While Windows IT professionals deal with security on a daily basis, very few understand the under-the-hood protocol, Kerberos. Kerberos is a security protocol in Windows introduced in Windows 2000 to replace the antiquated NTLM used in previous versions of Windows.
Kerberos has several important advantages:
- is very secure, preventing various types of intrusion attacks
- uses “tickets” that can be securely presented by a client or a service on the client’s behalf to a server for access to services
- permits Cross-Forest Trusts to use transitive properties and eliminate the “full mesh” scenario; all domains in both forests establish a trust with a single Kerberos trust at the root
- permits interoperability with other Kerberos realms such as Unix; this permits non-Windows clients to authenticate to Windows domains and gain access to resources
- provides authentication across the Internet for Web apps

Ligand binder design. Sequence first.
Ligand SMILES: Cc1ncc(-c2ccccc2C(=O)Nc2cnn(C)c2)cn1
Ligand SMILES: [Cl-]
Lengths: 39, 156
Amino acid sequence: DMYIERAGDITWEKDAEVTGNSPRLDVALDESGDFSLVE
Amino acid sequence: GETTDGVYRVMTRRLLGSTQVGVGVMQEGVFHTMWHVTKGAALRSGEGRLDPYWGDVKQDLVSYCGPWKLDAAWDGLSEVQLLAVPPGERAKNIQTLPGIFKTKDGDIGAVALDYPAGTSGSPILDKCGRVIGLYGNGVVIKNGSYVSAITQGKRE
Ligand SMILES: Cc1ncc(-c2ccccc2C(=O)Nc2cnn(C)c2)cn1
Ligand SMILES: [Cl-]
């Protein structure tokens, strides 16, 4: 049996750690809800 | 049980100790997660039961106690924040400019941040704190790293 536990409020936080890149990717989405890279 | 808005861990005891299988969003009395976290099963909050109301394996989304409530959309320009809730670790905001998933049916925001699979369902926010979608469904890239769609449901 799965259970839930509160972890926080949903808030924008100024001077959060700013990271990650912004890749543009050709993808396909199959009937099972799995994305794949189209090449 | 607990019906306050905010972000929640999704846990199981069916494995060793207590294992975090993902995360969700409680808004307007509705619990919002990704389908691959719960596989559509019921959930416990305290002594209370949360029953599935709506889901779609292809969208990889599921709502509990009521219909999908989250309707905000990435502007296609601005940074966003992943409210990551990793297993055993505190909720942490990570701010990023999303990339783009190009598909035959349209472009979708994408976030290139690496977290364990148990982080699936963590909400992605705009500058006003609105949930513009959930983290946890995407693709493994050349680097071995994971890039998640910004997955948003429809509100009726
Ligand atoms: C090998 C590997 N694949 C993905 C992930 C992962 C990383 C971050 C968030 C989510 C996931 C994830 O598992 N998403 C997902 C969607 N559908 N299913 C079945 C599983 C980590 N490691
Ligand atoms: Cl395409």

Therefore, it’s important to have a good understanding of how the Kerberos protocol works and be familiar with the details of the security functions. This will help with diagnosing a variety of security issues. In addition, IT professionals should understand how Windows Time Service works because Kerberos security is highly dependent on time services.
There are three components to Kerberos: the client, a service and a third-party that both client and service trust. We love the statement made by Fulvio Ricardi in his Kerberos Protocol Tutorial: Kerberos is “… an authentication protocol for trusted clients on untrusted networks.” So, if Kerberos is designed to trust on an untrusted network, it should be even more effective on a trusted corporate network.